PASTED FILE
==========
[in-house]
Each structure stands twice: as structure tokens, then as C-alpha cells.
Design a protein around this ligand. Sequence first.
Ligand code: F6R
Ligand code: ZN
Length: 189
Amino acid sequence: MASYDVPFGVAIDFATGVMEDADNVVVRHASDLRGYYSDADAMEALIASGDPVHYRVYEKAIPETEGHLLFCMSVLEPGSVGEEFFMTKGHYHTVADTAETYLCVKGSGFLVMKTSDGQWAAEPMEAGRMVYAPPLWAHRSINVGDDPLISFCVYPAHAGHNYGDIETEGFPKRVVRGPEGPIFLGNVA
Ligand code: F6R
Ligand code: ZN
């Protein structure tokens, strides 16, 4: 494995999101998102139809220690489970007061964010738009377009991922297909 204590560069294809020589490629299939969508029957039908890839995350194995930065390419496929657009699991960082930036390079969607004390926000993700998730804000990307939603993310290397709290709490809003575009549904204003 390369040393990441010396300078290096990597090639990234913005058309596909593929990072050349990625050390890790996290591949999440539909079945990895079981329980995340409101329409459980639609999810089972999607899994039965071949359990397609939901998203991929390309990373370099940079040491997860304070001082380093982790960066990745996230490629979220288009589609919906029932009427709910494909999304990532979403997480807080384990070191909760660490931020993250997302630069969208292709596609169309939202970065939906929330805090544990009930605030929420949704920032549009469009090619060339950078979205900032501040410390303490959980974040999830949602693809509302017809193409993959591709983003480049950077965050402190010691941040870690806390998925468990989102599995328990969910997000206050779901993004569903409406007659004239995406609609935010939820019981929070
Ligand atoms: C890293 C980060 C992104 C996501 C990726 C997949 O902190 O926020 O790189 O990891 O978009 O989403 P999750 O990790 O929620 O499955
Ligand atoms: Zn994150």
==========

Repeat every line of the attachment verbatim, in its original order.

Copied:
[in-house]
Each structure stands twice: as structure tokens, then as C-alpha cells.
Design a protein around this ligand. Sequence first.
Ligand code: F6R
Ligand code: ZN
Length: 189
Amino acid sequence: MASYDVPFGVAIDFATGVMEDADNVVVRHASDLRGYYSDADAMEALIASGDPVHYRVYEKAIPETEGHLLFCMSVLEPGSVGEEFFMTKGHYHTVADTAETYLCVKGSGFLVMKTSDGQWAAEPMEAGRMVYAPPLWAHRSINVGDDPLISFCVYPAHAGHNYGDIETEGFPKRVVRGPEGPIFLGNVA
Ligand code: F6R
Ligand code: ZN
């Protein structure tokens, strides 16, 4: 494995999101998102139809220690489970007061964010738009377009991922297909 204590560069294809020589490629299939969508029957039908890839995350194995930065390419496929657009699991960082930036390079969607004390926000993700998730804000990307939603993310290397709290709490809003575009549904204003 390369040393990441010396300078290096990597090639990234913005058309596909593929990072050349990625050390890790996290591949999440539909079945990895079981329980995340409101329409459980639609999810089972999607899994039965071949359990397609939901998203991929390309990373370099940079040491997860304070001082380093982790960066990745996230490629979220288009589609919906029932009427709910494909999304990532979403997480807080384990070191909760660490931020993250997302630069969208292709596609169309939202970065939906929330805090544990009930605030929420949704920032549009469009090619060339950078979205900032501040410390303490959980974040999830949602693809509302017809193409993959591709983003480049950077965050402190010691941040870690806390998925468990989102599995328990969910997000206050779901993004569903409406007659004239995406609609935010939820019981929070
Ligand atoms: C890293 C980060 C992104 C996501 C990726 C997949 O902190 O926020 O790189 O990891 O978009 O989403 P999750 O990790 O929620 O499955
Ligand atoms: Zn994150």